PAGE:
[Life after college is different for every single grad. While some might be going to grad school, others enter the real world in attempts to
make their dreams come true pay off their student loans. We’ve been following Charlsie on her post-grad journey since September, but now it’s time to check see what someone else’s post-grad life brings. And apparently what it brings is a quarter-life crisis. (But don’t worry – Charlsie will still be writing!) So ladies, allow me to introduce you to Brittany and her tumultuous life after college.]
Pre-grad text conversation:
“===D hahaha im druInk”
“shut Up me 2! hehee”
Post-grad text conversation:
“Wanna watch HGTV and eat a quesadilla with me after work?”
“I will be on your couch waiting for you. Whoa, I almost typed I will be waiting on your cooch, eating for you.”
Basically, sober thoughts come in disappointing packages. And the packaging runs small. That makes communicating with friends post-college even more difficult.
Back in the days of making unlimited bad decisions and opting out of doing anything productive (read: college) I would spend valuable time with my friends grilling Texas toast on our George Foreman, laughing with Joel McHale on ‘The Soup,’ and spending four hours a night putting on our whore faces to Britney Spears’ ‘The Hook Up’ on repeat. Having friends was so effortless. Spending time with them was easier than spending time with myself.
In fact, if I wanted to be alone, it was impossible — even if I was trying desperately to seek a stable, private place to do my business. My friends, and people (even if I didn’t like them) were always around. They were crunching on dry Ramen in the library. They were breathing down my neck on the way to class. They were powdering their schnoz in the bathroom. Being social came as naturally (or forced) as dealing with the calories after a Big Mac. I enjoyed them, but sometimes it was all just too much.
Let’s fast forward to current life. Nowadays as a post-grad, I’ve discovered a little doozie I like to call isolation.
College was like living in a zoo. I was put behind bars to study and be studied. I ate food other people gave me, took long naps in the shade or on random slabs of rock [Editors note: Okay Simba…], and I rarely showered. Now, I am out in the wild. I’m running around like a headless chicken, barely taking care of myself and stuck in a barren field where all of my friends have jobs, boyfriends and, well, lives. And not enough time to give me the valuable attention I still crave from the days when we were stuck behind bars together, drinking Malibu, and picking the wedgies out of our jeggings.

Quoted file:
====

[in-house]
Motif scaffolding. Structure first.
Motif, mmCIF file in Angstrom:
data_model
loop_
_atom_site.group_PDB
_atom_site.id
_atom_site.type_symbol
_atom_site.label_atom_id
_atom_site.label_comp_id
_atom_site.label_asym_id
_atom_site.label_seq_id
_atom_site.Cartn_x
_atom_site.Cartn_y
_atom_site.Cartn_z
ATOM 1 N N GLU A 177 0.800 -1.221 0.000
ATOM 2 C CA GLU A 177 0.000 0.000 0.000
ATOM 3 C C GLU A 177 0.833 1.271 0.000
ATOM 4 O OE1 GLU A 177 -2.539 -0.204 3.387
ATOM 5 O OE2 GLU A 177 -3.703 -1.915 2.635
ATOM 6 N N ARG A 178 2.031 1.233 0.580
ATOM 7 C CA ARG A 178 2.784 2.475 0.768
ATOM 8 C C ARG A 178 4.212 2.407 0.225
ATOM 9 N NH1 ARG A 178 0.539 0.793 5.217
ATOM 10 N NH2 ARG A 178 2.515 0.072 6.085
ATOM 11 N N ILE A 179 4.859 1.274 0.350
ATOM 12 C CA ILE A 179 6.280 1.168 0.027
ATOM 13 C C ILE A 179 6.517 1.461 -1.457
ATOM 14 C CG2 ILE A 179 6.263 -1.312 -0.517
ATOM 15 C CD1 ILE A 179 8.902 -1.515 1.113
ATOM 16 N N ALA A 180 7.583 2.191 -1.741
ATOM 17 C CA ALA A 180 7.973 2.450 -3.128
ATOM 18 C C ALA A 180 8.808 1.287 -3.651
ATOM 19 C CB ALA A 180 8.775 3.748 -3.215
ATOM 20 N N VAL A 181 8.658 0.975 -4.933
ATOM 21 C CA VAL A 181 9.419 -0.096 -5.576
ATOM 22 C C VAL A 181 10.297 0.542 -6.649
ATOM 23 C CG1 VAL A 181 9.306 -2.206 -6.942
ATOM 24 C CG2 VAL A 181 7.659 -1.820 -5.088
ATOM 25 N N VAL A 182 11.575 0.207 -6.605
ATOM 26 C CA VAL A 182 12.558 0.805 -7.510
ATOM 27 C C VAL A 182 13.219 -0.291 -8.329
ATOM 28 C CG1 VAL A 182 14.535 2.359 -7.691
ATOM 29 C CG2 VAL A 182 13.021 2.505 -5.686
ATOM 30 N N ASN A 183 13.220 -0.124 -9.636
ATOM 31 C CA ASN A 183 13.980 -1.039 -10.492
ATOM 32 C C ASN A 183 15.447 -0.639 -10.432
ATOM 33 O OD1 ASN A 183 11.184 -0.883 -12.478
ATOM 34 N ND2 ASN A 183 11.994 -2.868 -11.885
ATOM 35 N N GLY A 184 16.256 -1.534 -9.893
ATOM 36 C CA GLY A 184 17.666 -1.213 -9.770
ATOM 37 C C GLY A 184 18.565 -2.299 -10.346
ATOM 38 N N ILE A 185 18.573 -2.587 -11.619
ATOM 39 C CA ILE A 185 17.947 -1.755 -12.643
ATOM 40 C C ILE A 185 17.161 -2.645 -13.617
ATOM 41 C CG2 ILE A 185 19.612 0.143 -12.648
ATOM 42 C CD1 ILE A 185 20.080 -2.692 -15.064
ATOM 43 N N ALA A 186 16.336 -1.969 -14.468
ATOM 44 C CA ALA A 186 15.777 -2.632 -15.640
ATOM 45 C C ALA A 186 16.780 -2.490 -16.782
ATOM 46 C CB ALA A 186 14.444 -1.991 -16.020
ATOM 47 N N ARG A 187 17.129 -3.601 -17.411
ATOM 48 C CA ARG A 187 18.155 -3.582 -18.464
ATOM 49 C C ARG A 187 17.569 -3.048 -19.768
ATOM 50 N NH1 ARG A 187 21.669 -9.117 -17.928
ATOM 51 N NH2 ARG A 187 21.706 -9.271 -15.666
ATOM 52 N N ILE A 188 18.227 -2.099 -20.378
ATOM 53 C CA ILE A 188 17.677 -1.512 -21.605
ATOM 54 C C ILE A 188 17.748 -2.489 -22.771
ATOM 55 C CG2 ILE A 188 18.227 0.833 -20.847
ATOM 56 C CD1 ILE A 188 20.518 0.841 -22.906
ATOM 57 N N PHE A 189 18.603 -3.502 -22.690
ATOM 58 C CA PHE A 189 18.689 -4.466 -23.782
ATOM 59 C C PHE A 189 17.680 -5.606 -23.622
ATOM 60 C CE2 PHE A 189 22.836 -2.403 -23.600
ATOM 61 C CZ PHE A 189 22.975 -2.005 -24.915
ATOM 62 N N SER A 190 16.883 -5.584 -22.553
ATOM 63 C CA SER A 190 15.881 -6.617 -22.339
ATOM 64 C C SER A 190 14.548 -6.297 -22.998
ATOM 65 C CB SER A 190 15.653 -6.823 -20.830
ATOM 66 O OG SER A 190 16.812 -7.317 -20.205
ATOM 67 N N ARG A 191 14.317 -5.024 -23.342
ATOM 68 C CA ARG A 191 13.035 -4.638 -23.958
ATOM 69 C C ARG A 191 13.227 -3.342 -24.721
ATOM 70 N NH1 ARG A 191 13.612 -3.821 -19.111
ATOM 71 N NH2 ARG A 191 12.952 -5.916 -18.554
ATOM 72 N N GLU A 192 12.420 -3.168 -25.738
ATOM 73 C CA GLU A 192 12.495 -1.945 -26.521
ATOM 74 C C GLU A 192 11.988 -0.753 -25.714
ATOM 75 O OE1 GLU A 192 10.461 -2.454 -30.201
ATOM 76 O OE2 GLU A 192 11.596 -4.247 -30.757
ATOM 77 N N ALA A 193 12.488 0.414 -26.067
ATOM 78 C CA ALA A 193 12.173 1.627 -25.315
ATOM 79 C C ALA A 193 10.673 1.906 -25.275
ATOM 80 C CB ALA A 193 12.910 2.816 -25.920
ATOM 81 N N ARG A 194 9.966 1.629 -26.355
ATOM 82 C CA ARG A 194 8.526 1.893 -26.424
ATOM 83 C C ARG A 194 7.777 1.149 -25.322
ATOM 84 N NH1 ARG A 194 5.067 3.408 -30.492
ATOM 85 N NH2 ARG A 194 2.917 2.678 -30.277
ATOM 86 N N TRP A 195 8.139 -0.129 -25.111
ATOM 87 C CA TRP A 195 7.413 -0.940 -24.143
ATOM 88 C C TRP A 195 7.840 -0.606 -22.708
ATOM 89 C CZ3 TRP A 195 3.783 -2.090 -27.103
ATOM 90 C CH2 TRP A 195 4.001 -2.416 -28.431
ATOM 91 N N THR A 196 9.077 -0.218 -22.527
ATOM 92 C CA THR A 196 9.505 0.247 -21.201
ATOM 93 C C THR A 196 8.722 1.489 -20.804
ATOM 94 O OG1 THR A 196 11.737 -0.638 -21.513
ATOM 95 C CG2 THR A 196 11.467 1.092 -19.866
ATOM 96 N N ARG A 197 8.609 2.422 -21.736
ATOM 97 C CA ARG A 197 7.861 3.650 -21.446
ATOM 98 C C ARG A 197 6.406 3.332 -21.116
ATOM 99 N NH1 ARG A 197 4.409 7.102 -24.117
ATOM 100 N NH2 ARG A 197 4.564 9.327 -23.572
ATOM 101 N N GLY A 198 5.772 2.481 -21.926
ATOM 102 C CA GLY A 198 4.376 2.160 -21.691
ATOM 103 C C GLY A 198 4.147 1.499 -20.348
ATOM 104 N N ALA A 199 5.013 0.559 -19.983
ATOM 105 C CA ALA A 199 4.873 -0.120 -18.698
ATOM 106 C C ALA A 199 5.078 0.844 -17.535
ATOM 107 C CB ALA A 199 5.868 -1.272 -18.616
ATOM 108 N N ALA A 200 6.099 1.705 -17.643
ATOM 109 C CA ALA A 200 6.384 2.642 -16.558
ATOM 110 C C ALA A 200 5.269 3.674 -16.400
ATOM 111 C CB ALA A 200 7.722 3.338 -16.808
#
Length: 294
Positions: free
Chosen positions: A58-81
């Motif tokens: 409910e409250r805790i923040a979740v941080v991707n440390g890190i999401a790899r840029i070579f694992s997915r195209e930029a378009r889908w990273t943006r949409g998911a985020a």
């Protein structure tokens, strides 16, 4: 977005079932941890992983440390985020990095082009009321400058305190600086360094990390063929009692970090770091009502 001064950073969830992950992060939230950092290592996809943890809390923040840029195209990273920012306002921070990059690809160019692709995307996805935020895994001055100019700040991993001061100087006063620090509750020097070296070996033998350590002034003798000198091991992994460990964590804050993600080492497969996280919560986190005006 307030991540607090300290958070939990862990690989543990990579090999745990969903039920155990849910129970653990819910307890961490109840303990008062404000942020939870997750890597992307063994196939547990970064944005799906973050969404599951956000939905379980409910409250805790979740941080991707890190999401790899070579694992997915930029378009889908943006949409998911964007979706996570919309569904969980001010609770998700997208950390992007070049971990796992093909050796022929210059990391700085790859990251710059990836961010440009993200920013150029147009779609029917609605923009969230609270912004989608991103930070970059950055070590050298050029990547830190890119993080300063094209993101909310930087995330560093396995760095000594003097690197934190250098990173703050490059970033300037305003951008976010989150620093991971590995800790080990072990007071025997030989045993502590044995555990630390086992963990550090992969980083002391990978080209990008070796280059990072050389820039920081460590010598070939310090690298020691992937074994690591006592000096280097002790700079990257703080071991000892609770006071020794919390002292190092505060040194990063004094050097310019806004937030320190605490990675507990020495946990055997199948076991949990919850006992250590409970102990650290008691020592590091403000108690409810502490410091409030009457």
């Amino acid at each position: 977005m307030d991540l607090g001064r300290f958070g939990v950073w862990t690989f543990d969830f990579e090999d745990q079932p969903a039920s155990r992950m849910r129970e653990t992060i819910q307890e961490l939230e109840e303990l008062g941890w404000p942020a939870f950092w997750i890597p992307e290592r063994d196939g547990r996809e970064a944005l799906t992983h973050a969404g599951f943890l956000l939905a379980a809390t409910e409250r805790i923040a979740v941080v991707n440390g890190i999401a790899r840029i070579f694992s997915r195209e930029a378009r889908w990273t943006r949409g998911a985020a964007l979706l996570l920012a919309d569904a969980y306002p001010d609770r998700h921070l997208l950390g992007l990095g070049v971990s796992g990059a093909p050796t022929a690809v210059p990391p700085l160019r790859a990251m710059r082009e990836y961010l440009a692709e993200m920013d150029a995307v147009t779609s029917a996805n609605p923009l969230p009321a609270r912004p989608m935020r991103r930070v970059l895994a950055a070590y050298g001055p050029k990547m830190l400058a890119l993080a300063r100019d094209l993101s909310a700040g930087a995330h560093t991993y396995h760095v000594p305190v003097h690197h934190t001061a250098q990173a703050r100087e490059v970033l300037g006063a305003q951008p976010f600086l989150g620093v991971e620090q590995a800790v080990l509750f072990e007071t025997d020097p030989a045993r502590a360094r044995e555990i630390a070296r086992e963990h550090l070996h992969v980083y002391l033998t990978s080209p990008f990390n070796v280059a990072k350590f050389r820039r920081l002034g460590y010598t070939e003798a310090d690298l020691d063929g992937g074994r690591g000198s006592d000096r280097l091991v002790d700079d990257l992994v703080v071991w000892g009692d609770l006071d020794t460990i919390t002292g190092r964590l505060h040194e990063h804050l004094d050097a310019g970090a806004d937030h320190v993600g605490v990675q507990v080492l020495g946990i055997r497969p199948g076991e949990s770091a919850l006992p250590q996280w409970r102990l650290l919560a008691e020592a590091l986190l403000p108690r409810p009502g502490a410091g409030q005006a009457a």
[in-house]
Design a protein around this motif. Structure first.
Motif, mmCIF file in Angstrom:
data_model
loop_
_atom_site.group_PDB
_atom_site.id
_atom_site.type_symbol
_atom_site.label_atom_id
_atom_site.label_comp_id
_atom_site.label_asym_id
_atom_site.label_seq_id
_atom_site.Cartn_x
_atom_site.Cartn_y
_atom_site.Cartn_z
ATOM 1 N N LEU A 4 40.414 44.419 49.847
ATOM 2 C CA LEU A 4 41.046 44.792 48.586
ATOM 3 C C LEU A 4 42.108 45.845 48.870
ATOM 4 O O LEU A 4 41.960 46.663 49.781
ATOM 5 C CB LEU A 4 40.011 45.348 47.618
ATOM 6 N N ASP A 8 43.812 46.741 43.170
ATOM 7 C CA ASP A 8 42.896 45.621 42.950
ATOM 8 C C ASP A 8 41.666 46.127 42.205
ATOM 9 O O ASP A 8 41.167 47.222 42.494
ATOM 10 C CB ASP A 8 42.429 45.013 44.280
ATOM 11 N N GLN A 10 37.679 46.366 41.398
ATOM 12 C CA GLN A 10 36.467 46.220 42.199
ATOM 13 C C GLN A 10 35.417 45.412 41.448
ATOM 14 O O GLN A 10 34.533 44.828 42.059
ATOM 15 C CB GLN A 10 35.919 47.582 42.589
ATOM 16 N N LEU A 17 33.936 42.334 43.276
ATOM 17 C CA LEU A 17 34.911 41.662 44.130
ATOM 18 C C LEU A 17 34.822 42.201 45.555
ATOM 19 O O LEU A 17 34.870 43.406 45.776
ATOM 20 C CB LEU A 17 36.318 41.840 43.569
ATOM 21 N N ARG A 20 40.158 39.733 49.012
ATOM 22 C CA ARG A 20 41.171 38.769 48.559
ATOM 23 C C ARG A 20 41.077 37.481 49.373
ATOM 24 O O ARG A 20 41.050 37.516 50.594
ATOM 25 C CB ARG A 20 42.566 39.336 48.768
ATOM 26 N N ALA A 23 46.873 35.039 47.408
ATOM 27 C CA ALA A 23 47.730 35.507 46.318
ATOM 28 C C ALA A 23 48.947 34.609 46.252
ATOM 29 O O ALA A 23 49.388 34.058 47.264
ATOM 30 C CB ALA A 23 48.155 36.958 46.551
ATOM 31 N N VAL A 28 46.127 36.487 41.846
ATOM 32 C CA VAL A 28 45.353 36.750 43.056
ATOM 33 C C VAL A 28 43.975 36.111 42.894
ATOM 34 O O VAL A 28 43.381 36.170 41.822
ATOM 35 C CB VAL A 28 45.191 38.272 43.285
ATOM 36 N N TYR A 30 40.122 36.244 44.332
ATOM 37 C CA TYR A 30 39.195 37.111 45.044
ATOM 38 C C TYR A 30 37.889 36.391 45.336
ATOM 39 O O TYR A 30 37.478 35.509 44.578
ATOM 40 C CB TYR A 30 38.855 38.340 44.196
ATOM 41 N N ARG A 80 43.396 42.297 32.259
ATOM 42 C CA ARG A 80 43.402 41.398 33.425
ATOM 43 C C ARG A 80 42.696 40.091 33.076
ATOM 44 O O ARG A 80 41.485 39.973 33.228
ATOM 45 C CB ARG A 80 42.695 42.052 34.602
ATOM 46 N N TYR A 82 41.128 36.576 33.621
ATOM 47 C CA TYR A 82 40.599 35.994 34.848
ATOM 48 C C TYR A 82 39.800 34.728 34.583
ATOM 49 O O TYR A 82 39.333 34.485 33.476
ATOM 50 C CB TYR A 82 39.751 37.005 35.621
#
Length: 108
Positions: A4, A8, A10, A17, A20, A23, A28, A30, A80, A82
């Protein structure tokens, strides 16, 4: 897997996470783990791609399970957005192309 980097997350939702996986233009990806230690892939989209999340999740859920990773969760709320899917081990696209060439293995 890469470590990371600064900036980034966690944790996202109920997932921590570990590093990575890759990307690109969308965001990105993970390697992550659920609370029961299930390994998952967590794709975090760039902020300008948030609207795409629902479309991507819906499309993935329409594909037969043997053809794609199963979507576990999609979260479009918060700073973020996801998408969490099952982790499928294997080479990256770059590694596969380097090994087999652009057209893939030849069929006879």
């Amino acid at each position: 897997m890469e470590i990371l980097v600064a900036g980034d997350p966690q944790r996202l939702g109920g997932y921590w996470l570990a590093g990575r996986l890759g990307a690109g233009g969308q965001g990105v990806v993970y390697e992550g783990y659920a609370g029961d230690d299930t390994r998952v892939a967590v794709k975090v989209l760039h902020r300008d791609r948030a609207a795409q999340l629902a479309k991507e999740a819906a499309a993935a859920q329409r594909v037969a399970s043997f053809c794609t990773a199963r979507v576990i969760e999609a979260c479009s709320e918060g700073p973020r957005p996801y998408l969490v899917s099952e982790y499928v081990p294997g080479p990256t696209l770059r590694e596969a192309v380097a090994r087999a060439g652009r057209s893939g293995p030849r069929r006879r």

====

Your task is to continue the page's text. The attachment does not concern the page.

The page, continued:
Getting a hold of an ol’ college friend to grab happy hour post graduation is more difficult than trying to thread a needle on cocaine. Schedules clash, no one has enough money to support themselves, and sleeping by 9:30 p.m. becomes a sacred ritual. And I get it; after working eight-hour days, sitting down with a friend and catching up about how you’re “underpaid, unhappy, overworked, and drinking Pinot Grigio alone every night” isn’t exactly on your mini-calendar. Face it: at that point you would much rather watch The Bachelor alone and silently thank God you’re not anything like those psycho betches.
I just compared my life to the girls on The Bachelor. This calls for an intervention.
While a social life post graduation can be tough, I know I can make it work. Most of the time, whenever I do set aside the time to be with friends, it’s like a great and grand vacation. I think of it like this: in college I was overwhelmed by all of my crazy minions. Eventually communication with them was watered down. I’d spent so much time with them that I could barely hear what they are saying when they complained about their recent boy problems.
Maybe it’s lame but I like to think of the time I spend with someone like water, and my friends like Tang (yes, the juice you drank when you were five). When I add more water (time), the Tang (friends) is not as strong.
Yes, I basically just told you that when you add less water, your friends will taste better. But it makes sense to me. Distance makes the heart grow fonder and less time spent with my friends may make me a better friend. So, to all of the stressed post-grads out there, enjoy your friends, even in those small doses; you’ll cherish them even more.